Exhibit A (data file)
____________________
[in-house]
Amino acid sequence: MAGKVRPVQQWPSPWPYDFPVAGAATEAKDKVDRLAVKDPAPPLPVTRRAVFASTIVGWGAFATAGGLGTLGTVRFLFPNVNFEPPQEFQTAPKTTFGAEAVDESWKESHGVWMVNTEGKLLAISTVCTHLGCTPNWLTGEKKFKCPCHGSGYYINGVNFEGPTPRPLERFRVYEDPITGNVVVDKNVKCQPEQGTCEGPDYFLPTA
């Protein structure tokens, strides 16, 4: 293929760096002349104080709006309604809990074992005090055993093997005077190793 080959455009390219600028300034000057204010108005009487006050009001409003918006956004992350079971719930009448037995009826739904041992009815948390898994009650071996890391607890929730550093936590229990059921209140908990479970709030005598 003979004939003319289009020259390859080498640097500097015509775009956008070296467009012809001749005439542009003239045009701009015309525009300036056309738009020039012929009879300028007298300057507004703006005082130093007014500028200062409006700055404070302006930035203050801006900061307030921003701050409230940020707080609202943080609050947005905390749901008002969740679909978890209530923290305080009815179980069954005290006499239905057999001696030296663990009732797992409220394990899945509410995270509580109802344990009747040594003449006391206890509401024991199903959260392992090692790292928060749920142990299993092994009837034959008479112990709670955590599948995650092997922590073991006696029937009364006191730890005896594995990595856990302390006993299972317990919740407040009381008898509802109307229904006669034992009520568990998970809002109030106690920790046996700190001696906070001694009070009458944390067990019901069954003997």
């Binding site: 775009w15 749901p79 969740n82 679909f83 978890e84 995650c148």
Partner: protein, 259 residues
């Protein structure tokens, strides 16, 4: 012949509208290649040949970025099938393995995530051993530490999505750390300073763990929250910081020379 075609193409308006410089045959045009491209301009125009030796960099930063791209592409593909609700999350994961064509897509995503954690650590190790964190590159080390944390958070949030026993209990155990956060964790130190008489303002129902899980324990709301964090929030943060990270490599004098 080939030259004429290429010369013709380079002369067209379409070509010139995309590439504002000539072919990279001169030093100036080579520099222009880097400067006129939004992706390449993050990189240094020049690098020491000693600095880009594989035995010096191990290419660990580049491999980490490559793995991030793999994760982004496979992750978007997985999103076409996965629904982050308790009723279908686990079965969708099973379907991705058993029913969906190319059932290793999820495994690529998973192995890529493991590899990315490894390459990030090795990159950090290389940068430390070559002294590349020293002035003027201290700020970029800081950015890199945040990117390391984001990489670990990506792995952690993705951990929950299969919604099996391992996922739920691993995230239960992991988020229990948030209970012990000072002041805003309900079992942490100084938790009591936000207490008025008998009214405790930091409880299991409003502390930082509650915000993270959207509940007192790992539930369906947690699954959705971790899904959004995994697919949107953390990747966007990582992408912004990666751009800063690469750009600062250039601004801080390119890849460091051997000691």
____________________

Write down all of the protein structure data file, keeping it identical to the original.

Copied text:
[in-house]
Amino acid sequence: MAGKVRPVQQWPSPWPYDFPVAGAATEAKDKVDRLAVKDPAPPLPVTRRAVFASTIVGWGAFATAGGLGTLGTVRFLFPNVNFEPPQEFQTAPKTTFGAEAVDESWKESHGVWMVNTEGKLLAISTVCTHLGCTPNWLTGEKKFKCPCHGSGYYINGVNFEGPTPRPLERFRVYEDPITGNVVVDKNVKCQPEQGTCEGPDYFLPTA
């Protein structure tokens, strides 16, 4: 293929760096002349104080709006309604809990074992005090055993093997005077190793 080959455009390219600028300034000057204010108005009487006050009001409003918006956004992350079971719930009448037995009826739904041992009815948390898994009650071996890391607890929730550093936590229990059921209140908990479970709030005598 003979004939003319289009020259390859080498640097500097015509775009956008070296467009012809001749005439542009003239045009701009015309525009300036056309738009020039012929009879300028007298300057507004703006005082130093007014500028200062409006700055404070302006930035203050801006900061307030921003701050409230940020707080609202943080609050947005905390749901008002969740679909978890209530923290305080009815179980069954005290006499239905057999001696030296663990009732797992409220394990899945509410995270509580109802344990009747040594003449006391206890509401024991199903959260392992090692790292928060749920142990299993092994009837034959008479112990709670955590599948995650092997922590073991006696029937009364006191730890005896594995990595856990302390006993299972317990919740407040009381008898509802109307229904006669034992009520568990998970809002109030106690920790046996700190001696906070001694009070009458944390067990019901069954003997």
């Binding site: 775009w15 749901p79 969740n82 679909f83 978890e84 995650c148």
Partner: protein, 259 residues
């Protein structure tokens, strides 16, 4: 012949509208290649040949970025099938393995995530051993530490999505750390300073763990929250910081020379 075609193409308006410089045959045009491209301009125009030796960099930063791209592409593909609700999350994961064509897509995503954690650590190790964190590159080390944390958070949030026993209990155990956060964790130190008489303002129902899980324990709301964090929030943060990270490599004098 080939030259004429290429010369013709380079002369067209379409070509010139995309590439504002000539072919990279001169030093100036080579520099222009880097400067006129939004992706390449993050990189240094020049690098020491000693600095880009594989035995010096191990290419660990580049491999980490490559793995991030793999994760982004496979992750978007997985999103076409996965629904982050308790009723279908686990079965969708099973379907991705058993029913969906190319059932290793999820495994690529998973192995890529493991590899990315490894390459990030090795990159950090290389940068430390070559002294590349020293002035003027201290700020970029800081950015890199945040990117390391984001990489670990990506792995952690993705951990929950299969919604099996391992996922739920691993995230239960992991988020229990948030209970012990000072002041805003309900079992942490100084938790009591936000207490008025008998009214405790930091409880299991409003502390930082509650915000993270959207509940007192790992539930369906947690699954959705971790899904959004995994697919949107953390990747966007990582992408912004990666751009800063690469750009600062250039601004801080390119890849460091051997000691």